From chicken soup to empanadas, a miracle under the radar
Usually, “first looks” that are done here are of new (or newish) restaurants in and around Boston, but sometimes a dining spot is so little-known that it almost feels like it must have recently opened even though it has been around for awhile. And such is the case with the Old Havana, a four-year-old Cuban eatery that was recently discovered and is one of those restaurants that might leave you kicking yourself, saying, “Why didn’t I know about this spot earlier?” If you’ve never heard of the place, welcome to the club, because even media people and industry folks don’t really seem to have heard of it.
The Old Havana resides in a homey-looking space on Centre Street that was once home to Tacos El Charro, a marvelous spot for Mexican fare that had been around for 30 years or so. Many in the Boston area may be familiar with Centre Street, as the lower section of this road cuts through a bustling part of JP with a number of very popular restaurants, but the section of road around Hyde Square is equally busy but less known to people outside of the neighborhood, with both the restaurants and shops reflecting the close-knit Latino community, which includes people of Cuban heritage—and is reflected in the dining spots such as this one, as well as El Oriental de Cuba and Miami Restaurant. Much like its predecessor, the Old Havana has a warm and inviting atmosphere, with two rooms of dining that include both high-tops and regular tables, mirrors along the walls that make the space seem larger than it is, televisions that are tuned to Spanish-speaking programs, and a fascinating old RCA Victor system in the middle of the place that has a record player, TV, and radio. The bathroom here, by the way, conjures up visions of Strip T’s in Watertown, where you walk down a staircase, wind through a basement area, then walk back up a bit to a “throne room” where, if you’re tall, you will definitely need to watch your head.
The Old Havana tends to lean more toward cheap eats and street food than upscale fare, with such options as chicken soup, cod fritters, beef patties, empanadas, an avocado salad, steak and tuna sandwiches, a grilled chicken breast stuffed with shrimp, shredded beef in Creole sauce, fried pork chops, deep-fried whole red snapper, and seafood paella. A few items of note that were recently tried at the restaurant include round slices of garlic bread that are placed on the table at the start of the meal; savory omelet chunks with potatoes, onions, and ham; a slightly sweet, smoky, and spicy Spanish sausage; elongated ham croquettes that are deep-fried and have a thick breaded coating; crispy plantain chips that have a mild flavor and fried plantains, which are probably less healthy but have more of a meaty and juicy taste to them; a classic Cuban sandwich with ham, tender roasted pork, cheese, pickles, and mustard all stuffed into freshly made Cuban bread; a wonderful version of arroz con pollo with rice, olives (which are mixed into the rice), peas, slices of red pepper, and a good helping of bone-in chicken; and for dessert, a plate of churros with the fried strips of dough covered in cinnamon sugar. The Old Havana does not serve alcohol, but some of the drinks offered are very fine, including a rich-tasting mango smoothie and a milder mamey smoothie that has a unusual mix of flavors, bringing to mind everything from watermelon to sweet potatoes to even a bit of pumpkin. (Mamey is a tropical fruit found in Cuba and elsewhere in the region.)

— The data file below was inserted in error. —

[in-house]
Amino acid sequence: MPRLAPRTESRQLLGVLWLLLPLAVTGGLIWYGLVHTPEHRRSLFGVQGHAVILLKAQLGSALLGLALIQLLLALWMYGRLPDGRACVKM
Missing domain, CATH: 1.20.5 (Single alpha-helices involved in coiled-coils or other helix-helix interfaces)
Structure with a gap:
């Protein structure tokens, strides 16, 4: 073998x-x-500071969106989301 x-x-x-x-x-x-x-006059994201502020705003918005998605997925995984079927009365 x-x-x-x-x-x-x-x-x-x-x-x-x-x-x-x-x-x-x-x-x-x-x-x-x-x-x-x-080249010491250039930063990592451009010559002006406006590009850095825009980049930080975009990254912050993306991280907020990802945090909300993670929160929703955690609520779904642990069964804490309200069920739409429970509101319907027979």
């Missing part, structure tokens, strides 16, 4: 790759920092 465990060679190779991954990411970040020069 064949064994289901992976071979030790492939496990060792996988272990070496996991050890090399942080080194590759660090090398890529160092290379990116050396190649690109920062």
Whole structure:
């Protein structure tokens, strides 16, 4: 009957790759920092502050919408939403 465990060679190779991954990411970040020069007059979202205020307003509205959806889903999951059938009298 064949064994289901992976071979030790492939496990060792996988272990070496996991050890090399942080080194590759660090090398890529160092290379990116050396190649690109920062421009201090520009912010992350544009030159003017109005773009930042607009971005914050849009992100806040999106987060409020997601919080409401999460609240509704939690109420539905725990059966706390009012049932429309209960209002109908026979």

Initial impressions of the Old Havana are quite positive overall, with many more dishes to try there in future visits. How it got this far under the radar is anyone’s guess, but perhaps it is the space itself, because Tacos El Charro was also a real hidden gem back in the day. Cuban food in general is a cuisine that is often overlooked by diners, but it shouldn’t be, as it reflects exactly what simple comfort food should be all about, and the Old Havana seems to do it about as well as anyone in the region.
THE OLD HAVANA. 349 CENTRE ST., JAMAICA PLAIN.